● Commercial debugging tools are notorious for hidden dependencies ● code stepping tools show runtime data on the call stack, but not the data that depends on it or that it depends on ● Another issue is viscosity, or resistance to local changes. For example, inserting ten print statements to observe runtime events requires removing them later ● Trying to use a code stepping tool to show data from the past requires re-execution.These hindrances to exploration may lead to debugging errors
Interaction Design Requirements and design constraints ● Consistency-Representations of runtime actions should be understandable with only knowledge of the code ● Progressive Evaluation-Progressive evaluation is mentally simulating the execution of a program to test if a potential repair would prevent failure . Debugging interfaces should help programmers simulate computation and control-flow. ● Closeness of Mapping-Diagnosis involves understanding a computational machine’s mapping from code to runtime behavior ● Hard Mental Operations-Understanding runtime causality (hypothesizing and diagnosis) are hard mental operations Make the easy activities easier and hard activities possible
● While debugging the “Pacman” code,there were many consistent trends in their questions: 1. 68% of questions were why didn’t questions and the remaining were why did questions. 2. Programmers only asked why didn’t questions about code that plausibly might have executed. 3. 85% of questions were about a single object. The remaining concerned multiple objects’ interactions.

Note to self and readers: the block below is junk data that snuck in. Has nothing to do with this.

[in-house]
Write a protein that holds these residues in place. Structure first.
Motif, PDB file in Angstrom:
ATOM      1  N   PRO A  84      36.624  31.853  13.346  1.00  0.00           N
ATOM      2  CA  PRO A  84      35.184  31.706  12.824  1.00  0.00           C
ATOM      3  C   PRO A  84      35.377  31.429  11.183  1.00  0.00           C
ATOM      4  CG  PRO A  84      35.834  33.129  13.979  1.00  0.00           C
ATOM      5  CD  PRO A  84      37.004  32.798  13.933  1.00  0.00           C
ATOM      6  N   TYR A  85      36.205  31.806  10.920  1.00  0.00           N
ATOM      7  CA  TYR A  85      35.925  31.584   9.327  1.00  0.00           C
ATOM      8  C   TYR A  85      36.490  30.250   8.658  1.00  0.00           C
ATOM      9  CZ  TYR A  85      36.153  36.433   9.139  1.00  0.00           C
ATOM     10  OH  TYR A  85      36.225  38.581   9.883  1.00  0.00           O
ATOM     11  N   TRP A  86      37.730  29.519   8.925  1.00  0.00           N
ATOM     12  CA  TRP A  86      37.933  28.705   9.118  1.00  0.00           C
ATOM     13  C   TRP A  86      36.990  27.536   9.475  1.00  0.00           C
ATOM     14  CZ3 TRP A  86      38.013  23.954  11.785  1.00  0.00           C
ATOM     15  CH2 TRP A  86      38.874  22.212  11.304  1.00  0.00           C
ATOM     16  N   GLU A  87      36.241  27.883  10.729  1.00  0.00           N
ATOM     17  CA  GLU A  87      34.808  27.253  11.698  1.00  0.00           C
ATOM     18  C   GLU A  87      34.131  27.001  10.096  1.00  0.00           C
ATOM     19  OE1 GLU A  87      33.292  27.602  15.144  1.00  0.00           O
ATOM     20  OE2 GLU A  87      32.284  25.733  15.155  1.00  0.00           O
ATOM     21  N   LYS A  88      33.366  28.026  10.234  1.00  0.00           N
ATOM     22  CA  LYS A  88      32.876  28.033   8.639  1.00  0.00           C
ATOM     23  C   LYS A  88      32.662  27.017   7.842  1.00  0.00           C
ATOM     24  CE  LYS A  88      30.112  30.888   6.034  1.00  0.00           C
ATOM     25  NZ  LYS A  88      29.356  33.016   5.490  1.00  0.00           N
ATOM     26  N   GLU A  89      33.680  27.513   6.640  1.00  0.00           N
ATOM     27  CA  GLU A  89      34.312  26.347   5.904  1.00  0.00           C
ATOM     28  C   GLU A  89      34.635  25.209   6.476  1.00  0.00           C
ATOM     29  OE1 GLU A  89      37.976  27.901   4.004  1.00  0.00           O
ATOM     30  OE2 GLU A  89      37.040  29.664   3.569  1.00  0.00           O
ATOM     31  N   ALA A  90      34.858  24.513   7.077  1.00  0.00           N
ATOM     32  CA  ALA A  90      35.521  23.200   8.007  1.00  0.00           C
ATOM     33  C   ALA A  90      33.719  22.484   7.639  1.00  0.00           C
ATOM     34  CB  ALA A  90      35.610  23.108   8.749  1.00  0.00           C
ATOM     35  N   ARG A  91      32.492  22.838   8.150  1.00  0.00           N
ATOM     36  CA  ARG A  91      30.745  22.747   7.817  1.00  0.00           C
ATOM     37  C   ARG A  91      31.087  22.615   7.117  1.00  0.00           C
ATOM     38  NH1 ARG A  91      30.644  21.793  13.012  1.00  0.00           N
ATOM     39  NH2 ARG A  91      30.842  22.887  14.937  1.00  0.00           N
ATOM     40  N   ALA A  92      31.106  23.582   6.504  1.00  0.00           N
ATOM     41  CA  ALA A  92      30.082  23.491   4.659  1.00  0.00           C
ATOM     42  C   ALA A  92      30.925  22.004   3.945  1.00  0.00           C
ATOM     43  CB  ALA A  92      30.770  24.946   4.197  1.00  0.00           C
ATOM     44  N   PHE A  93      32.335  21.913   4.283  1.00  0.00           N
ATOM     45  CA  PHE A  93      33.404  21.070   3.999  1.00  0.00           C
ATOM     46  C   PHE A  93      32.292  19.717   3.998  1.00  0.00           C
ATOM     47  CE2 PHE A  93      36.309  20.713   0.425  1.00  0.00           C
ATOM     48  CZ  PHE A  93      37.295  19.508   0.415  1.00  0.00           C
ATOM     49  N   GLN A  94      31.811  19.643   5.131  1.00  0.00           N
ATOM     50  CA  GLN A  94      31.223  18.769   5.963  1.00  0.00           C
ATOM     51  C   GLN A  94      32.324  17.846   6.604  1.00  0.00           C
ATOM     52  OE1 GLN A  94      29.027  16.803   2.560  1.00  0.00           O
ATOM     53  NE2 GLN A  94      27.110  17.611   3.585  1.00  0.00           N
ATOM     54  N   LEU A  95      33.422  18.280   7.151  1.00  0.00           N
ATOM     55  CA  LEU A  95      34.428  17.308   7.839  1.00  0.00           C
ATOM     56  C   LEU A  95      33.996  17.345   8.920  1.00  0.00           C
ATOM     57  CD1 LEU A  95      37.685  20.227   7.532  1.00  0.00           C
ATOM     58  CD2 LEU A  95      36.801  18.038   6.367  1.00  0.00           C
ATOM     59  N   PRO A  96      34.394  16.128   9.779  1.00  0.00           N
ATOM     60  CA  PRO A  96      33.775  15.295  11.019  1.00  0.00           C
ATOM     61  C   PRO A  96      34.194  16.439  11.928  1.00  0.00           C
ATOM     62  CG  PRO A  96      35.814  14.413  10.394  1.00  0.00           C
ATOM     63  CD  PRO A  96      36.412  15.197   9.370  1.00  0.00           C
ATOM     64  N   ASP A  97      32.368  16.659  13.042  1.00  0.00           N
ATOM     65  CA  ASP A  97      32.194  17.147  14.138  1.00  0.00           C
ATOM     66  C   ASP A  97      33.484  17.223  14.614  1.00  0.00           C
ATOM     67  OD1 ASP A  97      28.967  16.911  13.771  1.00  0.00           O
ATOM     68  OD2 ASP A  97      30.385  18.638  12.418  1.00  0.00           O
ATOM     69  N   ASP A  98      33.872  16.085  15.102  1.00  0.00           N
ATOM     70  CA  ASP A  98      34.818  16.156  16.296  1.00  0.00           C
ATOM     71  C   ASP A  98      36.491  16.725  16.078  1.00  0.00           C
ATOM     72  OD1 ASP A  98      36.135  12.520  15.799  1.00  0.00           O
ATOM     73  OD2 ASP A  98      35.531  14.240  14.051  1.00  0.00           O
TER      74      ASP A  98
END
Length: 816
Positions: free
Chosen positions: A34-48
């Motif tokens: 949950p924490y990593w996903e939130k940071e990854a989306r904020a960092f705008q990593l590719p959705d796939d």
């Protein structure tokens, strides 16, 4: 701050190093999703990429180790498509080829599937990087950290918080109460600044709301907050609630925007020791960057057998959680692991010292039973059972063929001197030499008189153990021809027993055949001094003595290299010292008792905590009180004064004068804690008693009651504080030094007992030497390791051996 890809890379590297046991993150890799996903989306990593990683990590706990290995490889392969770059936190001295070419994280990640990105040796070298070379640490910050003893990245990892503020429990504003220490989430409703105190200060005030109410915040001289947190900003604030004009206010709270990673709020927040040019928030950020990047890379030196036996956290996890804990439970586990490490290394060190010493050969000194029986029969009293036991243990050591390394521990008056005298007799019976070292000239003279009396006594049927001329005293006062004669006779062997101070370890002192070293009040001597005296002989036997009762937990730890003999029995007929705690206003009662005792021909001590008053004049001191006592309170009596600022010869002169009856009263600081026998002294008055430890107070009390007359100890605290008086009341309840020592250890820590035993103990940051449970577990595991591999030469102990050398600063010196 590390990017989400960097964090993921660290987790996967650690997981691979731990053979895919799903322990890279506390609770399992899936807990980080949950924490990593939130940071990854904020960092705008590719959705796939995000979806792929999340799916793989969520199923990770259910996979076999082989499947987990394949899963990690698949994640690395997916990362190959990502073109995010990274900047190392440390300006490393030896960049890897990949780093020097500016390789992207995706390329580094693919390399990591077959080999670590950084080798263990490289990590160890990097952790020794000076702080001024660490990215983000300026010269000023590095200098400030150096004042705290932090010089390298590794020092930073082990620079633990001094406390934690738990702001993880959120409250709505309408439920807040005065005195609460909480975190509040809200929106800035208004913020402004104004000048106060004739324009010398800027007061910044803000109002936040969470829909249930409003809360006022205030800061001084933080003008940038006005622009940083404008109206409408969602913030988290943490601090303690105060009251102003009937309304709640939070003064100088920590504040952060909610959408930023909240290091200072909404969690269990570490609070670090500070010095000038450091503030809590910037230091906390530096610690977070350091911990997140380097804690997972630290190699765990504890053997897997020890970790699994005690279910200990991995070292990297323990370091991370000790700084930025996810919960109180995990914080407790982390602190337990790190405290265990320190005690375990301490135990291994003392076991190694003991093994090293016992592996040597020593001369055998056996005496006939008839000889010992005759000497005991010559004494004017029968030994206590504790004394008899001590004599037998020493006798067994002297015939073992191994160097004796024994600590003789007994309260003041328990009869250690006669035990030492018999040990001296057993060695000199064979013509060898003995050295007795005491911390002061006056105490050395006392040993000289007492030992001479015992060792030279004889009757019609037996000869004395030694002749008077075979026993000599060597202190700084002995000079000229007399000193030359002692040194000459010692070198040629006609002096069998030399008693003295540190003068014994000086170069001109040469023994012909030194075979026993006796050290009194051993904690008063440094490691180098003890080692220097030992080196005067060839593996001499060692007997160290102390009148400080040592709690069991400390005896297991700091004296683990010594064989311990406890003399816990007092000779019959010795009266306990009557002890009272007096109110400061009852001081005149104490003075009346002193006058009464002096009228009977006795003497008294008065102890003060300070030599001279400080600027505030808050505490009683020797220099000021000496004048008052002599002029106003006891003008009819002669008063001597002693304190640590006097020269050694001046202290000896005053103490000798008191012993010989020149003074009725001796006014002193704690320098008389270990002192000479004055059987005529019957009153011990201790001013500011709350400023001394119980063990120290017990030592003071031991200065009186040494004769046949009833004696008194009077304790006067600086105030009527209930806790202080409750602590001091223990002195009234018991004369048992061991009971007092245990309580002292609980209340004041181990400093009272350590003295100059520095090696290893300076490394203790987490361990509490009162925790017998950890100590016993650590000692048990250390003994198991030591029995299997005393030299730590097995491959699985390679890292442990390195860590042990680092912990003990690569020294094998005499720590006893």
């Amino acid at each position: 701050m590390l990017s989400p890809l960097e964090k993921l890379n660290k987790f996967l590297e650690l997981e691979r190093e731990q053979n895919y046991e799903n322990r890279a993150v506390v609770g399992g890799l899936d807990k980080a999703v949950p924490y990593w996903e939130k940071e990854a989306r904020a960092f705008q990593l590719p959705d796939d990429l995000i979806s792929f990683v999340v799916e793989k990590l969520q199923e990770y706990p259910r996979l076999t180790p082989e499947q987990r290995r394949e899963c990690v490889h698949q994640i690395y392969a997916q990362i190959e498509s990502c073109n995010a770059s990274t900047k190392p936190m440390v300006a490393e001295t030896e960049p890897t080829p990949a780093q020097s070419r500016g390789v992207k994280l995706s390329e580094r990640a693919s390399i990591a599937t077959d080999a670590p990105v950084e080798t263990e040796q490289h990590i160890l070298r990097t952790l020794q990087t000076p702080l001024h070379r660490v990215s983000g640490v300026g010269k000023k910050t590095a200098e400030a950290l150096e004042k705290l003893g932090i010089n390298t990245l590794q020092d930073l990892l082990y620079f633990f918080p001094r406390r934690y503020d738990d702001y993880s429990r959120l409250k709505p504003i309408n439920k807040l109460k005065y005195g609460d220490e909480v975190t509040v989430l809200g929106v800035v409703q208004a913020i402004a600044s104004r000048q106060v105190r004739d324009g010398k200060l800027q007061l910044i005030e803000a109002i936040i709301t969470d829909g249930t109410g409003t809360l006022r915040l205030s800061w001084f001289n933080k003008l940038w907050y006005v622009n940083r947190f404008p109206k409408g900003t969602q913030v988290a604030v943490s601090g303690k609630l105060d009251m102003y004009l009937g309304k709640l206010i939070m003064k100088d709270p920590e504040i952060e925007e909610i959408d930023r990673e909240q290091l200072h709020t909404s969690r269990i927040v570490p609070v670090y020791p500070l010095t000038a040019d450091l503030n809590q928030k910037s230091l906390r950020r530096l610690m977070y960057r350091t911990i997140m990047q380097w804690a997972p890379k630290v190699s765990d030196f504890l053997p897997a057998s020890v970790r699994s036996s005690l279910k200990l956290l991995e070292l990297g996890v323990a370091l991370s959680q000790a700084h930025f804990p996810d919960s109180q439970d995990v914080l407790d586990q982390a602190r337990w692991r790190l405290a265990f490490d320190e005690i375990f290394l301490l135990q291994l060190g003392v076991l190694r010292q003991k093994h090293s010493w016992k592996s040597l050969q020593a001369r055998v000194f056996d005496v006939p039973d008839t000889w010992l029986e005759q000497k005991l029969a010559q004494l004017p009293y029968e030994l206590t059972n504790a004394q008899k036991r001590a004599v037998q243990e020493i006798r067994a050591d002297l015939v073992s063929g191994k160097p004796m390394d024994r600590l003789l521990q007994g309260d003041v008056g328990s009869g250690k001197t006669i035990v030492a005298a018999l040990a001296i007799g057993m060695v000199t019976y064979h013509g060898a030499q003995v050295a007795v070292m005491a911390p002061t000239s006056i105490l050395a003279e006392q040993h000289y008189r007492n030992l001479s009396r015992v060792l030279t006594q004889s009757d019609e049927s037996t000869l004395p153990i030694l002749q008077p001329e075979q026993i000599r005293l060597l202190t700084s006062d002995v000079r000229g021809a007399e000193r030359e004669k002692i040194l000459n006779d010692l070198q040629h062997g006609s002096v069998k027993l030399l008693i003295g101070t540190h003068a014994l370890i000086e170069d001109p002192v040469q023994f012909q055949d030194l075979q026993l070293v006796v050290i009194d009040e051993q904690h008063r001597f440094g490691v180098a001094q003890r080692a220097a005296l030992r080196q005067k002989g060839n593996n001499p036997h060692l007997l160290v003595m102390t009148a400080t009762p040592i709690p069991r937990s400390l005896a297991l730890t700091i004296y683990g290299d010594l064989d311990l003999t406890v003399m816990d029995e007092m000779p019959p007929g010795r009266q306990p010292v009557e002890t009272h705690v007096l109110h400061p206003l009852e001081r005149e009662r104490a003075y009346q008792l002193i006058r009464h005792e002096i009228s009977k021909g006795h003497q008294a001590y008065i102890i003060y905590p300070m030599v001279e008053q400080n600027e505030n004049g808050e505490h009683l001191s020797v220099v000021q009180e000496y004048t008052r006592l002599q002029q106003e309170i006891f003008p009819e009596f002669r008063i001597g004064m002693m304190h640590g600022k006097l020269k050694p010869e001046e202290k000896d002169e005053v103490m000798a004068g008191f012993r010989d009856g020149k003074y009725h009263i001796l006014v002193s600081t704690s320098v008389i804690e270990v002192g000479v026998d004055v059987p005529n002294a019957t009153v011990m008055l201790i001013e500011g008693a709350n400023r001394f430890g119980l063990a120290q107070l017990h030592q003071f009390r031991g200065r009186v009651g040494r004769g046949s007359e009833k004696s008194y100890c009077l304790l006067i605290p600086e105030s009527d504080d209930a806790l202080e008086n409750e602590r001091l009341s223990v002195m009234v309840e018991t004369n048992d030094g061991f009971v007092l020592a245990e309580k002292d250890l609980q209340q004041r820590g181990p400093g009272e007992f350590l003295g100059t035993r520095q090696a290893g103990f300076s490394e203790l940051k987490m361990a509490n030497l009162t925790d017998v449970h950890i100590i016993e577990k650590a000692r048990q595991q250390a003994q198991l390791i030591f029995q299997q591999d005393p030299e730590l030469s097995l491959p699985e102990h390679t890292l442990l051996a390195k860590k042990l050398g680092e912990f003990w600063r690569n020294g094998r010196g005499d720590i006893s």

An Illustration of the Whyline’s Design ● Ellen is creating a Pac-Man game, and trying to make Pac shrink when the ghost is chasing and touches Pac. ● Ellen expected Pac to resize, but he did not.
“Why didn’t Pac resize.5?” which highlights the code.
The Answer ● Ellen asks why didn’t Pac resize.5? and the camera focuses on Pac to increase his visibility ● The Whyline answers the question by analyzing the runtime actions that did and did not happen, and provides the answers ● The actions included are only those that prevented Pac from resizing ● By excluding unrelated actions, it supports observation and hypothesizing by increasing the visibility of the actions that likely contain the fault
● To support diagnosis, the actions’ names and colors are the same as the code that caused them ● This improves consistency and closeness of mapping with code. ● The arrows represent data and control flow causality. ● Predicate arrows are labeled true or false and dataflow arrows are labeled with the data used by the action they point to. ● Along the x-axis is event-relative time ● Ellen interacts with the timeline by dragging the time cursor ● Doing so changes all properties to their values at the time represented by the time cursor’s location
● This supports exploration of runtime data. ● When Ellen moves the cursor over an action,the action and the code that caused it become selected,supporting diagnosis and repair ● These features allow Ellen to rewind, fast-forward, and even “scrub” the execution history, receiving immediate feedback about the state of the world. ● Ellen discovers her misperception using the Whyline: ● “So this says Pac didn’t resize because BigDot.isEaten is true...Oh! The ghost wasn’t chasing because Pac ate the big dot. Let’s try again without getting the big dot.” ● Without the Whyline, the misperception could have led to an unnecessary search for non-existent errors.